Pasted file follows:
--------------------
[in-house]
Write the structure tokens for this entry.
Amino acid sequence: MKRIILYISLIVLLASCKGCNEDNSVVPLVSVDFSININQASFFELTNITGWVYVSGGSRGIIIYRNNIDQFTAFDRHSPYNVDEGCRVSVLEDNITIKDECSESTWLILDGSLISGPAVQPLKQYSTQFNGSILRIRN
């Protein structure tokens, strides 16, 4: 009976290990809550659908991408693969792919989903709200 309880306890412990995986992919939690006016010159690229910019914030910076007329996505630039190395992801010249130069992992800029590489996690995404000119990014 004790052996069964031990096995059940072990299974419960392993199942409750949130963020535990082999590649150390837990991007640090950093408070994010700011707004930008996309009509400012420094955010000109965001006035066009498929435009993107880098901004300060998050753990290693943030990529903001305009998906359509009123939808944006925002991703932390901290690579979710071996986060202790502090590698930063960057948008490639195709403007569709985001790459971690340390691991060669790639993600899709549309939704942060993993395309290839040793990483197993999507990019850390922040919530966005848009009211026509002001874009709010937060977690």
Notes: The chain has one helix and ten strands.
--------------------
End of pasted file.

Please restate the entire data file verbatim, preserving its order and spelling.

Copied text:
[in-house]
Write the structure tokens for this entry.
Amino acid sequence: MKRIILYISLIVLLASCKGCNEDNSVVPLVSVDFSININQASFFELTNITGWVYVSGGSRGIIIYRNNIDQFTAFDRHSPYNVDEGCRVSVLEDNITIKDECSESTWLILDGSLISGPAVQPLKQYSTQFNGSILRIRN
């Protein structure tokens, strides 16, 4: 009976290990809550659908991408693969792919989903709200 309880306890412990995986992919939690006016010159690229910019914030910076007329996505630039190395992801010249130069992992800029590489996690995404000119990014 004790052996069964031990096995059940072990299974419960392993199942409750949130963020535990082999590649150390837990991007640090950093408070994010700011707004930008996309009509400012420094955010000109965001006035066009498929435009993107880098901004300060998050753990290693943030990529903001305009998906359509009123939808944006925002991703932390901290690579979710071996986060202790502090590698930063960057948008490639195709403007569709985001790459971690340390691991060669790639993600899709549309939704942060993993395309290839040793990483197993999507990019850390922040919530966005848009009211026509002001874009709010937060977690």
Notes: The chain has one helix and ten strands.